Crystal Castles is one of the most seminal and inimitable bands of the late 2000s, and a band I never thought I would get the chance to see. Back during a time when indie bands like MGMT, Passion Pit and Vampire Weekend were just breaking through the blogosphere and into the collective conscious of the pseudo-mainstream, Crystal Castles, comprised of Ethan Kath and Alice Glass, were thrashing their way into cult popularity amongst electronic music fans. With their combination of Kath’s pummeling beats and Glass’s cryptically enthralling swagger, Crystal Castles embodied a uniquely primal and frantic perspective more akin to punk in the indie electronic realm.
In late 2014, after three critically acclaimed albums, the band suddenly broke up, to the despair of the many who sought solace in the band’s sonic aggression. Earlier this year, Crystal Castles resurfaced with an enigmatic new lead singer named Edith, ready to unfold the next chapter of Crystal Castles, and there I was September 28, in front of the stage in the sold out Bluebird Theater, awaiting the rebirth of Crystal Castles.
Many people had waited years to see Crystal Castles live, and that wait was elongated by what may have been the most incongruous openers for a band I have ever witnessed. A female duo going by the name Jilly.fm started the night off with an energized DJ set mixed with live vocals featuring future bass and house bangers. For most other electronic acts, they would have been an ideal opening group. However for Crystal Castles they felt a bit out of place, but far less offensive than what came next in the form of a band called Guidance.
Guidance was the musical equivalent to that belligerent girl at the bar who should have gone home hours ago, but insists on staying and making everyone within range of her as uncomfortable as possible. Imagine Kurt Cobain candy flipped his way into the Pet Shop Boys and proceeded to imitate Eminem on the set of “8 Mile,” and that was Guidance in a nutshell. Overly enthusiastic lead singer Stefan Pruett fist-pumped, shoved, stumbled, groped and even moshed his way through the crowd on literally every single song he performed. His style was jarringly peppym considering he was opening for a group known for being ominous and aggressive. Several times I contemplated walking out to the nearest bar, because I and everyone else was far too sober for Pruett’s over zealous antics.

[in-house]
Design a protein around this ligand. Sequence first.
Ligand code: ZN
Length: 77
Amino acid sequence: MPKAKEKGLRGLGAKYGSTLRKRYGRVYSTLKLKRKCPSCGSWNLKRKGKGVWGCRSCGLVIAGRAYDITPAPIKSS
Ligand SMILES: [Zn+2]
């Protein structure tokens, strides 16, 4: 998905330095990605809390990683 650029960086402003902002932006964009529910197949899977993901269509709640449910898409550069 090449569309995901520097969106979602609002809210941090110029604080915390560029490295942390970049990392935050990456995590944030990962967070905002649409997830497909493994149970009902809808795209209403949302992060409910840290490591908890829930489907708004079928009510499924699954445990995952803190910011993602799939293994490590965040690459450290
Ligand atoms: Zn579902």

After what felt like a questionable eternity, Crystal Castles bombarded the crowd and never relented. Opening the show with a new cut called “Concrete,” Crystal Castles, shrouded in fog and illuminated by manic strobe lights, hit the ground running. Crowd favorite “Baptism” followed, unleashing the fury of chaos Crystal Castles is known for.
Looking out over the crowd, people were dancing for their lives, thrashing around and jumping as if possessed by the sound. Edith, lacking in the raw conviction of Alice Glass, still managed to exude enough feisty desperation to pull off being Glass’ replacement. The show felt like a collection of Crystal Castles’ greatest hits and for various moments, glimpses of what the band used to be shone through. Having watched numerous videos of Crystal Castles in their prime with Glass as the leading woman, the intensity of the band has suffered to a degree, but what it lost in intensity has been made up in consistency. When the band closed their set with “Not In Love,” the energy in the room was palpable, and in spite of everything, Crystal Castles reminded us that they could still shine bright.